How to Ward Off Big Business Invaders

How to compete with business invaders

Politicians love news stories about their luring big out-of-area companies, even as they camouflage the associated tax breaks. But rarely do these arrivals bring as many jobs as promised, and they sometimes kill existing local ones. Then they may leave town in a few years, drawn by another sucker's offer of bigger subsidies. What they don't pay in local taxes, others must make up. And even if they stay, their profits leave town.

For obvious fiscal and emotional reasons, locally owned firms usually are loyal to their communities, and spend most of their profits there. These businesses tend to reliably support good jobs, tax revenue, social stability and civic participation, including local charitable donations - mostly without tax breaks.

Still, local businesses have found it hard to offer the cheaper prices and range of products of the huge national and international companies because they haven't had economies of scale, especially in purchasing and overhead.

But technology, and especially the Web, are now making it easier for "Main Street'' businesses to pool resources and benefit from economies of scale. Some use computerization to help cut costs, by, say, merging some back-office administrative and distribution functions. And local firms can do joint marketing to widen the range of goods and services that they sell collectively -- operating sort of like departments within the same store. Consider Providence's Hope Street Merchants Association.

John McClaughry, a vice president of the free-market Ethan Allen Institute, wrote about this in a column, "The Local Economy Solution,'' in the July 12 Valley News, an Upper Connecticut Valley newspaper, inspired by Michael Shuman's new book, "The Local Economy Solution.''

He cites such Shuman examples as ShopMidland, in Ontario; Main Street Genome, in Washington, D.C., and Sustainable Connections, in Bellingham, Wash.

Mr. McClaughry notes that in "In Ann Arbor, Mich., a successful deli named Zingerman's has created a family of independently owned but coordinated enterprises - creamery, bakery, coffee roaster, candy maker, produce grower, roadhouse restaurant {and} online sales collectively named the Zingerman's Community of Businesses. It operates an entrepreneurship training program for employees who have visions for new businesses of their own.''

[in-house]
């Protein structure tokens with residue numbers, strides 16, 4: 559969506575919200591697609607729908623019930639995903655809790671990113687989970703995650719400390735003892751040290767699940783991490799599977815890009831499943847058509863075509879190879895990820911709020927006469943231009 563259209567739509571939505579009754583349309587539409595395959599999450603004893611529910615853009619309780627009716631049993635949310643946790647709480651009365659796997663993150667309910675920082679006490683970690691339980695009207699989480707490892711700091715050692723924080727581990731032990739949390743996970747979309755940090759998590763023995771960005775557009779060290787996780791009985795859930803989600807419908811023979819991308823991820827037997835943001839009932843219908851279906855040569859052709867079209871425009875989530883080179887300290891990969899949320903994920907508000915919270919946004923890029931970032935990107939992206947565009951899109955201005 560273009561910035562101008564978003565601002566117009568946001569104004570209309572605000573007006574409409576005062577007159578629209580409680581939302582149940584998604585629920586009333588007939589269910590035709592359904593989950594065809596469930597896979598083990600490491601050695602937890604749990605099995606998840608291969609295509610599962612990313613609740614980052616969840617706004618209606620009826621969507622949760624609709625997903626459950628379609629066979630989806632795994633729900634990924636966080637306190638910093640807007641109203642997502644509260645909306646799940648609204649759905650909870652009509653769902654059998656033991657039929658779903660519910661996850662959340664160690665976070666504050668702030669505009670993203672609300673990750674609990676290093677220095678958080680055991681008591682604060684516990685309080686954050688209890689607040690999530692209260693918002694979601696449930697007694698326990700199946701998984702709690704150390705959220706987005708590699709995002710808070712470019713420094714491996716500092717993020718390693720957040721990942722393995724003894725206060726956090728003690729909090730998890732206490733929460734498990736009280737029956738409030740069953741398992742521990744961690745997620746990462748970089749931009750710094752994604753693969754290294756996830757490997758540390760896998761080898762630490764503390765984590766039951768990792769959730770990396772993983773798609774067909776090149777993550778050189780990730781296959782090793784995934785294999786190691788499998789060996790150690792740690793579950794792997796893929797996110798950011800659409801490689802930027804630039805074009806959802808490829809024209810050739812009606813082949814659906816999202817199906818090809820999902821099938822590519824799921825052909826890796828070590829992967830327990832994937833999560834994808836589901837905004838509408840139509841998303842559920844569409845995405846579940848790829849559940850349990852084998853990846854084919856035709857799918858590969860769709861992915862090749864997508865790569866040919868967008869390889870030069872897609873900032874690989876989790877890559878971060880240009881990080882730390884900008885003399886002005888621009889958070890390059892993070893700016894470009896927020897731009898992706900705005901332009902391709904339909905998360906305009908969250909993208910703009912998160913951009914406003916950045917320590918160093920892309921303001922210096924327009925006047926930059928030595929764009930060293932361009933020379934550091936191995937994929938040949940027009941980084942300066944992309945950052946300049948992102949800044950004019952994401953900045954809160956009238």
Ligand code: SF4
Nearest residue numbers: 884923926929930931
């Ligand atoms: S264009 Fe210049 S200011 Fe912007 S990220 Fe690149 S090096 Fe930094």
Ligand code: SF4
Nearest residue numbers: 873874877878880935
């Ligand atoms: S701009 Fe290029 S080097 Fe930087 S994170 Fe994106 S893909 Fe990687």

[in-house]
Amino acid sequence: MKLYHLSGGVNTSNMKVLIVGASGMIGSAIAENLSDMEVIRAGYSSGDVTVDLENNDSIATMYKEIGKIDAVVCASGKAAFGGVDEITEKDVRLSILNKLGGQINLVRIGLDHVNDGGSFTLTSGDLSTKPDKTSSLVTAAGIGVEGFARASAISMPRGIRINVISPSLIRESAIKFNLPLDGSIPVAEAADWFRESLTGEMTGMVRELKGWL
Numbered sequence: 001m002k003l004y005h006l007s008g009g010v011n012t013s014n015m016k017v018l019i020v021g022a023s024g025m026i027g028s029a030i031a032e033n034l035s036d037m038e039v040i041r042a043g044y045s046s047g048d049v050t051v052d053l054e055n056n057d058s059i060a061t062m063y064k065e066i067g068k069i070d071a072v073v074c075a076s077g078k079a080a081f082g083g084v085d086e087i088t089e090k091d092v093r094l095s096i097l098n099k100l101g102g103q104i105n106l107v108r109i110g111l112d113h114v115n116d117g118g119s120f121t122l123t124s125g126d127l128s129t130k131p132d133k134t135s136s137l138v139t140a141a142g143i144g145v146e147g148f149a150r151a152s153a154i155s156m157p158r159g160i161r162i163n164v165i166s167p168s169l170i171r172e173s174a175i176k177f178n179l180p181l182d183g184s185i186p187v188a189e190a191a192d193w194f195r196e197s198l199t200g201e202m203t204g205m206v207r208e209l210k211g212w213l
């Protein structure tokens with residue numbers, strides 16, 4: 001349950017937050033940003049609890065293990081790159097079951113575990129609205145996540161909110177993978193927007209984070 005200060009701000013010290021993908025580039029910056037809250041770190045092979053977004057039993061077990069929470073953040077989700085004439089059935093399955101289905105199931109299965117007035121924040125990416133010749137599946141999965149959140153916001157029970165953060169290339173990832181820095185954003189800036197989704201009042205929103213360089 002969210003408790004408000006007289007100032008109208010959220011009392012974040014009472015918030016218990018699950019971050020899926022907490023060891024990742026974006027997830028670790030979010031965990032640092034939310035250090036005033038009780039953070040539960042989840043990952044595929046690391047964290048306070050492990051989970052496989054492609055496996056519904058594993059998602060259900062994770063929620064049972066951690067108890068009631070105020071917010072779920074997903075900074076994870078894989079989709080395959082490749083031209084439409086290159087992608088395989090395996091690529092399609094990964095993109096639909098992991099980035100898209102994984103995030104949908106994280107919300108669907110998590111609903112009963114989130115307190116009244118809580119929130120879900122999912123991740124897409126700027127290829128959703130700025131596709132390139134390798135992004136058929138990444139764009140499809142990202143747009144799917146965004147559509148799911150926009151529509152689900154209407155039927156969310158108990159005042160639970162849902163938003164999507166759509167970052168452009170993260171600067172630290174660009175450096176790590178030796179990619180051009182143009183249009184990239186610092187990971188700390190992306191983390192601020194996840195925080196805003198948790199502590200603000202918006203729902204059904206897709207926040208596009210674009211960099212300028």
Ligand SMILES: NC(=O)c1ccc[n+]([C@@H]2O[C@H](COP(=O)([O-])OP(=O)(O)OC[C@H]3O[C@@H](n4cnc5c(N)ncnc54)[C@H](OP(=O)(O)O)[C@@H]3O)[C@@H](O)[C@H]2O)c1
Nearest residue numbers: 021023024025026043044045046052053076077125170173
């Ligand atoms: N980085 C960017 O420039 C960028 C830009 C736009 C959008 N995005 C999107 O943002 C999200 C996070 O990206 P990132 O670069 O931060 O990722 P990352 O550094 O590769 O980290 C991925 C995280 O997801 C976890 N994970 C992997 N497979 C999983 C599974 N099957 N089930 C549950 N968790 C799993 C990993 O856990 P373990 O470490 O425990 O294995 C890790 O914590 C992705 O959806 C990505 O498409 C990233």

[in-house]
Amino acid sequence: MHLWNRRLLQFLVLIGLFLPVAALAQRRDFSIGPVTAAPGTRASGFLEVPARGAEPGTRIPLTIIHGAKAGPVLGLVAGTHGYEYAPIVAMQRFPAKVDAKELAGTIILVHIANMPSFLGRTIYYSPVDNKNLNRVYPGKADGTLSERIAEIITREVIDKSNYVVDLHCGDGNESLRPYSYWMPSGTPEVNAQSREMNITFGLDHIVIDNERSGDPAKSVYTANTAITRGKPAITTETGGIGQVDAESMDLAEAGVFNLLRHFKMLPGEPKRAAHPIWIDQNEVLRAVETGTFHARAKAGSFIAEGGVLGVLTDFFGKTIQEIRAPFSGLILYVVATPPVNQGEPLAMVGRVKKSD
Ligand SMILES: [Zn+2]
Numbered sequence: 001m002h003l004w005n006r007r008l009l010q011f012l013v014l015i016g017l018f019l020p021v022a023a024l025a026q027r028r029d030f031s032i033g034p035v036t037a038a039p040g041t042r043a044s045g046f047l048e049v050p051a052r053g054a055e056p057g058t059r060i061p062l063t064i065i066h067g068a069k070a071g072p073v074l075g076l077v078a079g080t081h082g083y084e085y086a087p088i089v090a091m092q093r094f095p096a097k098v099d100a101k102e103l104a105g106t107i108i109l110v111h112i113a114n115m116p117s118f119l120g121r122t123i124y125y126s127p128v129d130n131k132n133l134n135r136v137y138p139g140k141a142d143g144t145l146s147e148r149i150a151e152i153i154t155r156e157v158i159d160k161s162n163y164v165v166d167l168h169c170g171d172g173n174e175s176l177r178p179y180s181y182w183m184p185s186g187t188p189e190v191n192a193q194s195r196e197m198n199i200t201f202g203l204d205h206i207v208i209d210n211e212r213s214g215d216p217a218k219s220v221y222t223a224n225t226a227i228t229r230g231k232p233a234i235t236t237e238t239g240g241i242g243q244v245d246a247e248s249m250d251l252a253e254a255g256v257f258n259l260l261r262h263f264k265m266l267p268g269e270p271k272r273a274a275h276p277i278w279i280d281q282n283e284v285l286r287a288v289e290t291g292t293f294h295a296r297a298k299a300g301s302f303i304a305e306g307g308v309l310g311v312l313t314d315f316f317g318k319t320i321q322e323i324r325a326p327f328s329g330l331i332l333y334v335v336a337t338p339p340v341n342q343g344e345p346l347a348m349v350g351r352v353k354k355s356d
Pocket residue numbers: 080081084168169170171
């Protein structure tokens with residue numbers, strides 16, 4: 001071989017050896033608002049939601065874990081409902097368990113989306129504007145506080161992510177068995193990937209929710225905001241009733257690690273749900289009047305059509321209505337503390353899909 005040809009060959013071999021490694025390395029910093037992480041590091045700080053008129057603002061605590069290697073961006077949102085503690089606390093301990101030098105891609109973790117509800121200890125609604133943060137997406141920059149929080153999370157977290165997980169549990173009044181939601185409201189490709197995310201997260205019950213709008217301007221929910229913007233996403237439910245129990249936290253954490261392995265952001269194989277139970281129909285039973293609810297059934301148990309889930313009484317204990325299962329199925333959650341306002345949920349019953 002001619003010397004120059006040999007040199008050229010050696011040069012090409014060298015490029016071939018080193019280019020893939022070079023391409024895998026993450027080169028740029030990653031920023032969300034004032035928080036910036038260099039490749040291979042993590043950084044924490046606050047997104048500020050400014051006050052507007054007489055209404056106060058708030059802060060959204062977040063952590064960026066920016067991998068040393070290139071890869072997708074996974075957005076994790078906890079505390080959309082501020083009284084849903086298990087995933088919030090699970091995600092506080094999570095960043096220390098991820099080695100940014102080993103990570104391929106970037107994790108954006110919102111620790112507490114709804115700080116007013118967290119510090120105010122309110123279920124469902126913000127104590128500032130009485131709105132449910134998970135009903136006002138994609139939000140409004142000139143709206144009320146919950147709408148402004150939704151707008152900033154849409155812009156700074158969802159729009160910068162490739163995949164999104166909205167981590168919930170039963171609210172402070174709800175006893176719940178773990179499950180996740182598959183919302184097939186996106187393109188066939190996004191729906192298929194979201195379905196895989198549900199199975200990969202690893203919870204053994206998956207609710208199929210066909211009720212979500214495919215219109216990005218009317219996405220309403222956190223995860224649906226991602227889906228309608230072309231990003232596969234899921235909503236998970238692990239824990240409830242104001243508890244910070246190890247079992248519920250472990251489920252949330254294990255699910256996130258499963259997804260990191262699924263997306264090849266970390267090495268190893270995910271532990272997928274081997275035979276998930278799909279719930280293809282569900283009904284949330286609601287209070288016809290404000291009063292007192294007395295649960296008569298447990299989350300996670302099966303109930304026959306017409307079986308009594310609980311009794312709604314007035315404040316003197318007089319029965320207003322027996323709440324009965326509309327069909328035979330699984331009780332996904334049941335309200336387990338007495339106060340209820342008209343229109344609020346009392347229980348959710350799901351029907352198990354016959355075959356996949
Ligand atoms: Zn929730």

Local firms that want to collaborate to compete with the big shots should consult the Business Alliance for Local Living Economies and the American Independent Business Alliance for pointers. And consumers seeking to improve their local economies should do the obvious and patronize locally owned business, be they manufacturers, farms or stores.


He also focused on sustaining 4 percent annual gross domestic product growth. Economic growth in itself won't make most people's lives better. It depends how it's sliced up.

But I enjoyed David Frum remarks in July 10 Atlantic online article, "What Jeb Bush gets right - and wrong -- about American workers'':

"Nor are these under-employed Americans for the most part devoting themselves to childcare, elder care, community involvement, or self-improvement. As sociologists such as Robert Putnam have noted, contemporary Americans do less of all those things than their longer-working counterparts of half a century ago. Instead, as Americans reduce their work commitments, they increase their hours watching TV and playing video games.''


For people of a certain age, there are "Summertime,'' "Hot Town, Summer in the City'' "Those Lazy-Hazy-Days of Summer,'' etc. Whatever your age, the season sends lots of songs. The durable institution of the summer vacation (more time to listen) and the invention of the transistor radio have played key roles in making so many of them memorable.

Every July, I have flashbacks of riding around in the mid-'60s in a friend's Mustang listening to the Beach Boys blaring. The hot-weather music will fade out in a few weeks. But new songs will arrive late next spring and become life markers for the young.

Robert Whitcomb ( is a Providence-based writer and editor; a partner at Cambridge Management Group (, a healthcare consultancy; a Fellow of the Pell Center, and overseer of He's also a former International Herald Tribune finance editor and former editorial-page editor of The Providence Journal.